But new wine must be put into fresh wineskins. (Luke 5:38)
Chaguanas, Trinidad – April 22, 2020: President of the Central Finance Facility (CFF), Ms. Letitia Telesford, is calling on leaders within the Cooperative Sector to join in a conversation on the “New Socio-Economic Start” post COVID-19 for Trinidad and Tobago and to share the resulting recommendations with the Government appointed twenty-two-person committee charged with restarting the economy. The CFF as the Thought Leadership facilitator of the cooperative movement is willing and well placed to facilitate these discussions. Ms. Telesford is of the view that the credit union movement and the cooperative sector as a whole has a responsibility to be a very active spokesperson on behalf of its more than 500,000 members in Trinidad and Tobago, a membership which reflects ostensibly the middle to lower echelons of our society and one which has been voiceless in financial and economic discussions pertaining to Trinidad and Tobago’s current and future socioeconomic status. Our voice must be heard, even though we are not represented on the team set up by Government.
The CFF commends the Government’s initiative and is calling on leaders in the cooperative sector to start thinking and planning beyond the restart towards a new socioeconomic order that will insulate the ordinary people from future similar shocks.
According to Ms Telesford, a restart is indeed a necessary and urgent short-term socioeconomic action, but the medium- and long-term future will require a new start!
She postulates that COVID-19 has shown globally that most of the society is too vulnerable to sudden shocks and the traditional social safety nets have struggled to respond quickly and comprehensively. Individuals and businesses were operating on the edge of financial liquidity using month to month cash flow and short-term credit. Savings for emergencies were quickly depleted and many have toppled over the edge.
Telesford emphasized that “the T&T Government is trying hard and has done well” but many still suffer. This has resulted from the structural deficiencies created by non-reporting and ineffective monitoring of the small to medium sized business sectors, making it difficult to glean information readily so as to inform appropriate supportive action. Too many had to risk life and limb to survive daily. The truth is ‘self-isolation’ and ‘stay at home’ assumes one has access to enough cash and does not rely on a ‘daily hustle’ to put bread on the table. That presumption is, however, only applicable to a privileged portion of any society.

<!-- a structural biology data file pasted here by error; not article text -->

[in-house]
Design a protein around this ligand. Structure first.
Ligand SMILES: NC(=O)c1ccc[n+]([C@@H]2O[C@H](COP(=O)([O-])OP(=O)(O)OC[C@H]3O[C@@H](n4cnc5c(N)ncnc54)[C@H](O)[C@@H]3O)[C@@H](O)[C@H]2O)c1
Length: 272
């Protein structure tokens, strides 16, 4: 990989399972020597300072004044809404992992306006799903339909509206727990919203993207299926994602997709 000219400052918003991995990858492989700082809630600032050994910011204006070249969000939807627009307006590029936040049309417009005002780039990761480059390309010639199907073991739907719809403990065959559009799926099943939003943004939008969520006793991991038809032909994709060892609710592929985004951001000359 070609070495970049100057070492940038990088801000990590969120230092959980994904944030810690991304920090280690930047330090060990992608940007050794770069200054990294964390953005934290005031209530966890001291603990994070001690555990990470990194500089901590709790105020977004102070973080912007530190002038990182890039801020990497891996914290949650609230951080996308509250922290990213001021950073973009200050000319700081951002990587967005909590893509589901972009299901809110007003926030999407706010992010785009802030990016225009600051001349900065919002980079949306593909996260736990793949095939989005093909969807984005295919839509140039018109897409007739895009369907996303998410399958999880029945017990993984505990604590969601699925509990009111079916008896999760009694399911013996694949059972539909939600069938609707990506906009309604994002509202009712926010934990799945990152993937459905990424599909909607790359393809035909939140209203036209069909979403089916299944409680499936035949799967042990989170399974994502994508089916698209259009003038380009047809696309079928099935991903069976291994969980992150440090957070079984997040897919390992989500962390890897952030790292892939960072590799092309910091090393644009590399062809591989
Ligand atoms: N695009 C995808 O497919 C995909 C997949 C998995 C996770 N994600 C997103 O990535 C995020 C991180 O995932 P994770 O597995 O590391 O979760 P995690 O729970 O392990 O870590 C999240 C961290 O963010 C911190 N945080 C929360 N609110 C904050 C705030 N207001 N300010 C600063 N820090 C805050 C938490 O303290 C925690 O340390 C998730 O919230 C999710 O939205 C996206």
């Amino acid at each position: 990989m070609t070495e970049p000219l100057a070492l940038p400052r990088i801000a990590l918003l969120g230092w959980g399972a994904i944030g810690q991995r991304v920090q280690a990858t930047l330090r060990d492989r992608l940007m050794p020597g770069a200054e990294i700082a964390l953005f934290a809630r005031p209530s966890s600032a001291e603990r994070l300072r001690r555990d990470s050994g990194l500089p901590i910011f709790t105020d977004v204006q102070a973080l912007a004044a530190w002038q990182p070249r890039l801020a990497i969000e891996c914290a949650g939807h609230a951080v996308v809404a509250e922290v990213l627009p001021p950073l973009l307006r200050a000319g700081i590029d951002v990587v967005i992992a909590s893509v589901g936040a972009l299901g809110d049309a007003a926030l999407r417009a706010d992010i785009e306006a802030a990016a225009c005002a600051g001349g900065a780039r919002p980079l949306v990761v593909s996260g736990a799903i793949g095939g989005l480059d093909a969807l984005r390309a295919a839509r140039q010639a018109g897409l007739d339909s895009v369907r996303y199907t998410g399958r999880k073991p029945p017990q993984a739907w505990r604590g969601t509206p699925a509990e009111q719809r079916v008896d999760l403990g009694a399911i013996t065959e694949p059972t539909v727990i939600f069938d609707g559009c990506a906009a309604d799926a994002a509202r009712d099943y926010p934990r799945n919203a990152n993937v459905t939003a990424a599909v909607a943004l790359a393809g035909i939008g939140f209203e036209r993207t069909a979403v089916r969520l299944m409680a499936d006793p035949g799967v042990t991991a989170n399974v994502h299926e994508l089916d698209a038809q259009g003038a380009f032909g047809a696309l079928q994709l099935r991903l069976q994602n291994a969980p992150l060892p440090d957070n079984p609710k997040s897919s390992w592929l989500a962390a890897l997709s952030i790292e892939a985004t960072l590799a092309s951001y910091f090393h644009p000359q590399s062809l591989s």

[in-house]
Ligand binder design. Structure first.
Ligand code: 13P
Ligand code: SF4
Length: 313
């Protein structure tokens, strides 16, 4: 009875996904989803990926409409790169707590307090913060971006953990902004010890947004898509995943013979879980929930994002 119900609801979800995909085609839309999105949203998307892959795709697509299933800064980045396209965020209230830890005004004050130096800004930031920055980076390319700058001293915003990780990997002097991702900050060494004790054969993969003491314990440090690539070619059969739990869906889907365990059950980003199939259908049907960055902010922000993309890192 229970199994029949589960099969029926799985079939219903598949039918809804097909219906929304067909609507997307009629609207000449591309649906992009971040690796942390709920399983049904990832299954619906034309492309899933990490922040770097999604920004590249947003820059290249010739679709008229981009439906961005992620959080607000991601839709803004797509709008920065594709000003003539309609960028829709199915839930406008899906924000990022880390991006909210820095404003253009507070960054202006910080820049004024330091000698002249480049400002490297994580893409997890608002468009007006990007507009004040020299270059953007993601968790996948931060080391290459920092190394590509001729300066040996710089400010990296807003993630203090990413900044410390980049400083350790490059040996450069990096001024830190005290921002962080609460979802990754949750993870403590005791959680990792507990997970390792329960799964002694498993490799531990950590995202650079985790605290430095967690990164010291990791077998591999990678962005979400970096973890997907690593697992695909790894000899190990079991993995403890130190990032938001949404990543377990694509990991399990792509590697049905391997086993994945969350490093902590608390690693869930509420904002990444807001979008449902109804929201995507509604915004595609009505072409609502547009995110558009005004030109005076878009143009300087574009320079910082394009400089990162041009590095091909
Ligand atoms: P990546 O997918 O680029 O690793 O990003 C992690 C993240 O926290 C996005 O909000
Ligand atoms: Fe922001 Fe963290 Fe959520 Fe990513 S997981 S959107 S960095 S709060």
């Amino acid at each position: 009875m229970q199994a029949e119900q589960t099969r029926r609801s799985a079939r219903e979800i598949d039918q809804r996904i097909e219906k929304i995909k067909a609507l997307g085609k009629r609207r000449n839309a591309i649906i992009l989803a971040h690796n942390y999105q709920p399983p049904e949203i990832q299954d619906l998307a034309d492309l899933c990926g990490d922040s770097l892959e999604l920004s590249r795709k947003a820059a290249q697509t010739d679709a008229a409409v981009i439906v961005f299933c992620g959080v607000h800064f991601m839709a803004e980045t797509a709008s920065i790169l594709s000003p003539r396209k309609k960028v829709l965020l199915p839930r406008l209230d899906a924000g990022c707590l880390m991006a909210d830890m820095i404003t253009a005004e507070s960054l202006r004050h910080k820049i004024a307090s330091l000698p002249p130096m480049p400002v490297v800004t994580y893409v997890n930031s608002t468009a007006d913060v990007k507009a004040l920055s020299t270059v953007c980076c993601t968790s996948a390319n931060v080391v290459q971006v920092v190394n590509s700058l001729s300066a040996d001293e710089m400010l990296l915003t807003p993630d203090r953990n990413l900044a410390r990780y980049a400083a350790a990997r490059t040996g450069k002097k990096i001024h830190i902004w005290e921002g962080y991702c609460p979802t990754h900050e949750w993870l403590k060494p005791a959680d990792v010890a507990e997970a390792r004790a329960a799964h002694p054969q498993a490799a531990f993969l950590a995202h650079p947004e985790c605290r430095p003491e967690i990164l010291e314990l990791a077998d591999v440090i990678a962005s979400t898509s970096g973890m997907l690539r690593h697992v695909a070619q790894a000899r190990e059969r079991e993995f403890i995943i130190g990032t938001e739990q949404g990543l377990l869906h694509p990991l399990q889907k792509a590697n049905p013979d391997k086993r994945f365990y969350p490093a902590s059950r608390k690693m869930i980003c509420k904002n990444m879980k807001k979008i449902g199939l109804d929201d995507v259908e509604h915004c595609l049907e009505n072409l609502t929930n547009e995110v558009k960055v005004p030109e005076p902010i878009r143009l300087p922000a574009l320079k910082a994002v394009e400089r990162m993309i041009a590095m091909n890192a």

The need for a ‘New Start’ is twofold. Firstly, the COVID-19 pandemic has exposed the structural economic weaknesses in the organisation of business and economic affairs on the national, regional and international levels. The brittleness of the old wineskin (current socioeconomic order) is clear and the fractures have already begun to erupt. That wineskin if retained will surely fracture when new wine is poured in.
A new wineskin (socioeconomic order) is required into the future to ensure some stability. The post COVID-19 economy will not be like the one that preceded it. It is incumbent therefore that the cooperative sector prepare to participate and shape this new economy. Integration into the international economy should not mean total dependence. Secondly, the COVID-19 response has laid bare the significant disparities between social-economic classes. Some could ‘work from home’ and so avoid contact, others had to be on the road daily and were at greater risk. The pandemic has clearly indicated in this scenario what functions are essential and it provides an opportunity for nations to review compensation scales, amongst other things, so as to ensure a just society. The lowest paid and least regarded were now the ‘essential’ people. Certainly, we need to reconsider how our nation values and compensates the different categories of economic actors. In this matter the cooperative sector must raise its voice and be heard.
She continued: “Under effective management, our health and security systems have held firm but we have seen some of the cracks in the system: such as our response time to place money or food in the hands of the vulnerable and the need for programs like unemployment insurance so that there will be always be funds available for shocks like these. The state has had to relax monetary measures like the repo rate and cash reserves and then borrow back those funds, some two billion dollars at 3.3% to pay vat returns; despite our claim of having a vibrant manufacturing sector, yet companies have been slow to respond to produce basic protective gear as gloves and face masks at a time when our people so desperately needed them. Free trade has left us vulnerable to disruptions in food and other critical imports including pharmaceuticals and PPE for health workers .The oil price shock has clearly identified the need for us as individuals to more effectively manage our use of scarce foreign exchange but it also points to some elements of paucity in our manufacturing industries. The industry’s recent discussions on manufacturing self-sufficiency are however noted.
We must rethink how we have used scarce foreign exchange earned from our nation’s patrimony of gas and oil on promoting consumerism lifestyles and give greater priority to promoting local production. With reference to her prior statement on the importance of agriculture it is clear that a country can only be truly independent if it is reasonably able to feed itself in times of supply chain constraint. Agriculture must be a priority.
We have seen enough to know that a new economic order will emerge; and it is up to those of us who have been most affected and who remain vulnerable to ensure that we ‘take heed how we build’ so that we are better positioned to deal with these situations in the future.